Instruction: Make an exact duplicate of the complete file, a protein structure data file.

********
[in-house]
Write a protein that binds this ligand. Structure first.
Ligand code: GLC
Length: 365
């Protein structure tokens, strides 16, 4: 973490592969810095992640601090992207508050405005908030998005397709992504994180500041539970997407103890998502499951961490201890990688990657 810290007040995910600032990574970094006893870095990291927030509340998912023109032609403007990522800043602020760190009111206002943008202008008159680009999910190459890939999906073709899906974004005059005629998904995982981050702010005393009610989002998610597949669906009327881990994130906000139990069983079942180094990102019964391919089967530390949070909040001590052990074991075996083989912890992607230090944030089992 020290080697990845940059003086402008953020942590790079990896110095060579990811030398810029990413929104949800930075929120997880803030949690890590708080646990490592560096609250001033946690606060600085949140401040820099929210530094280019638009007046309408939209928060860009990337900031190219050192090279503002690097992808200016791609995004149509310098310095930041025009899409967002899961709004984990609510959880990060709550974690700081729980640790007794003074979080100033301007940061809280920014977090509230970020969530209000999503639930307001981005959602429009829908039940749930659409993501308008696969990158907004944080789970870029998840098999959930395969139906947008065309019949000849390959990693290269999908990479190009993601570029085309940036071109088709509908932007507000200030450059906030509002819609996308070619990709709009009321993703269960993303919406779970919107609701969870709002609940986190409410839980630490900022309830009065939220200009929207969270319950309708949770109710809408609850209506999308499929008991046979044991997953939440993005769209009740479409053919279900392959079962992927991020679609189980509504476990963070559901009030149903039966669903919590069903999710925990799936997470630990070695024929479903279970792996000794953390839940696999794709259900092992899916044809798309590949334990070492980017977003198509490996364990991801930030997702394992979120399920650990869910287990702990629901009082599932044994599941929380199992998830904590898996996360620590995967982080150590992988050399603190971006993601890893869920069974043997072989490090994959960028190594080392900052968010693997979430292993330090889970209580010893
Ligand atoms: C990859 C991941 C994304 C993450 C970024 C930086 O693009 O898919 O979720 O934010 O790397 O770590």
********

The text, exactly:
[in-house]
Write a protein that binds this ligand. Structure first.
Ligand code: GLC
Length: 365
């Protein structure tokens, strides 16, 4: 973490592969810095992640601090992207508050405005908030998005397709992504994180500041539970997407103890998502499951961490201890990688990657 810290007040995910600032990574970094006893870095990291927030509340998912023109032609403007990522800043602020760190009111206002943008202008008159680009999910190459890939999906073709899906974004005059005629998904995982981050702010005393009610989002998610597949669906009327881990994130906000139990069983079942180094990102019964391919089967530390949070909040001590052990074991075996083989912890992607230090944030089992 020290080697990845940059003086402008953020942590790079990896110095060579990811030398810029990413929104949800930075929120997880803030949690890590708080646990490592560096609250001033946690606060600085949140401040820099929210530094280019638009007046309408939209928060860009990337900031190219050192090279503002690097992808200016791609995004149509310098310095930041025009899409967002899961709004984990609510959880990060709550974690700081729980640790007794003074979080100033301007940061809280920014977090509230970020969530209000999503639930307001981005959602429009829908039940749930659409993501308008696969990158907004944080789970870029998840098999959930395969139906947008065309019949000849390959990693290269999908990479190009993601570029085309940036071109088709509908932007507000200030450059906030509002819609996308070619990709709009009321993703269960993303919406779970919107609701969870709002609940986190409410839980630490900022309830009065939220200009929207969270319950309708949770109710809408609850209506999308499929008991046979044991997953939440993005769209009740479409053919279900392959079962992927991020679609189980509504476990963070559901009030149903039966669903919590069903999710925990799936997470630990070695024929479903279970792996000794953390839940696999794709259900092992899916044809798309590949334990070492980017977003198509490996364990991801930030997702394992979120399920650990869910287990702990629901009082599932044994599941929380199992998830904590898996996360620590995967982080150590992988050399603190971006993601890893869920069974043997072989490090994959960028190594080392900052968010693997979430292993330090889970209580010893
Ligand atoms: C990859 C991941 C994304 C993450 C970024 C930086 O693009 O898919 O979720 O934010 O790397 O770590």